This famous flow problem acts as an ideal testing environment for 1) a researcher to become familiar with turbulent flows and 2) novel model-order reduction techniques to be tested. The problem itself if physically quite simple: a box with the top open. The unambiguous boundary conditions
of this control volume allow for extensive comparisons between computational and experimental data. It is also a flow regime that can exhibit virtually all naturally occurring incompressible phenomena, given the right initial conditions. The reader is directed to this Annual Review by Shankar and Deshpande for a more comprehensive summary of the problem.
The above video is of a 2D lid-driven cavity, simulated using different methods, at a Reynolds number of 6,000: a laminar flow regime. The leftmost animation is constructed using direct numerical simulation: an “exact” solution of the Navier-Stokes equations for this problem. This flow data is then used to create a series of POD modes which represent the dominant coherent structures in the flow (used to generate the middle animation). These POD modes are then used to create an integrated reduced-order model of the flow, as seen in the animation on the right. The progression from the middle to the right animation can happen in a number of ways. Currently, this research applies an energy balancing algorithm to ensure that the modes in the reduced-order model contain as much energy as the original flow.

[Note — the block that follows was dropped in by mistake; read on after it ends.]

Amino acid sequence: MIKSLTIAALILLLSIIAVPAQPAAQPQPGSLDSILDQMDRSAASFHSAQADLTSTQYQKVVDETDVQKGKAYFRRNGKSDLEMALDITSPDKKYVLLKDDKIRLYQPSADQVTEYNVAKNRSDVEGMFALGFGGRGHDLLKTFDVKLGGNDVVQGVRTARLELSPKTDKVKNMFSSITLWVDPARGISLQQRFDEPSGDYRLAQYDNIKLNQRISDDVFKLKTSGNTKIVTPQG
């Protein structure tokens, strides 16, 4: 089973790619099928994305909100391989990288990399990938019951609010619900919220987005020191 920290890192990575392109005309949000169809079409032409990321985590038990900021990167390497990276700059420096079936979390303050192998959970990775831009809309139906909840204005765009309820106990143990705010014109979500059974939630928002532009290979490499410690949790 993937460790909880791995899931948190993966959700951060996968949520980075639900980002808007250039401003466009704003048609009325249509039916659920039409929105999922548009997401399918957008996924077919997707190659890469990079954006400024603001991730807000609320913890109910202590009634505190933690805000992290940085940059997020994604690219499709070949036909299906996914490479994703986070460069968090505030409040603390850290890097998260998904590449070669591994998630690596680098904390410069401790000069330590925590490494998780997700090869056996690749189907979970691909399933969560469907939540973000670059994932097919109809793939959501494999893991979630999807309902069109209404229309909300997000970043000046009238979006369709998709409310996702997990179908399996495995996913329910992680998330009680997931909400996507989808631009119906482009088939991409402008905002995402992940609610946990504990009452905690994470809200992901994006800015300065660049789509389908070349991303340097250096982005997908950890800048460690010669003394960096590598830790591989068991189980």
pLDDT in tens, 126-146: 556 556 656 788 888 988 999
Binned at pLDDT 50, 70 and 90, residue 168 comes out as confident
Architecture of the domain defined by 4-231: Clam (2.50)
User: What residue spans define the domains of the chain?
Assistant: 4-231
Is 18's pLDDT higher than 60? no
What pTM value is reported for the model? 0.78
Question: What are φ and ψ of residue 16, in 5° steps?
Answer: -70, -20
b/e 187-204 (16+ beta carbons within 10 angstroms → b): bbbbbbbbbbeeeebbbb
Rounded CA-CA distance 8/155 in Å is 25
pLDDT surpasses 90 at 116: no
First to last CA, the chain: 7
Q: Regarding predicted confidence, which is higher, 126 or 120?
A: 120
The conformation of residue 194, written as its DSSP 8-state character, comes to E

The below video shows how sensitive the reduced-order model creation can be. It was generated using the same procedure as described above, but at a Reynolds number of 20,000: a chaotic flow regime. Although the POD modes seem to adequately capture the coherent structures of this more chaotic flow, creating a reduced-order model from these modes can be a challenging step.
Current research is using step and impulse perturbations in converged flows (including limit-cycle oscillations at higher Reynolds numbers) to study the damping behavior of the responses at different Reynolds numbers. It is hypothesized that trends in the flow’s damping behavior can be used to predict a flow’s transition from laminar to turbulent. If this can be substantiated for the lid-driven cavity, then the experiment can be run with other flow scenarios, including airfoils, to see if turbulence can be predicted with only laminar flow data.
Appreciation is extended to Dr. Maciej Balajewicz for developing the software applied in this research.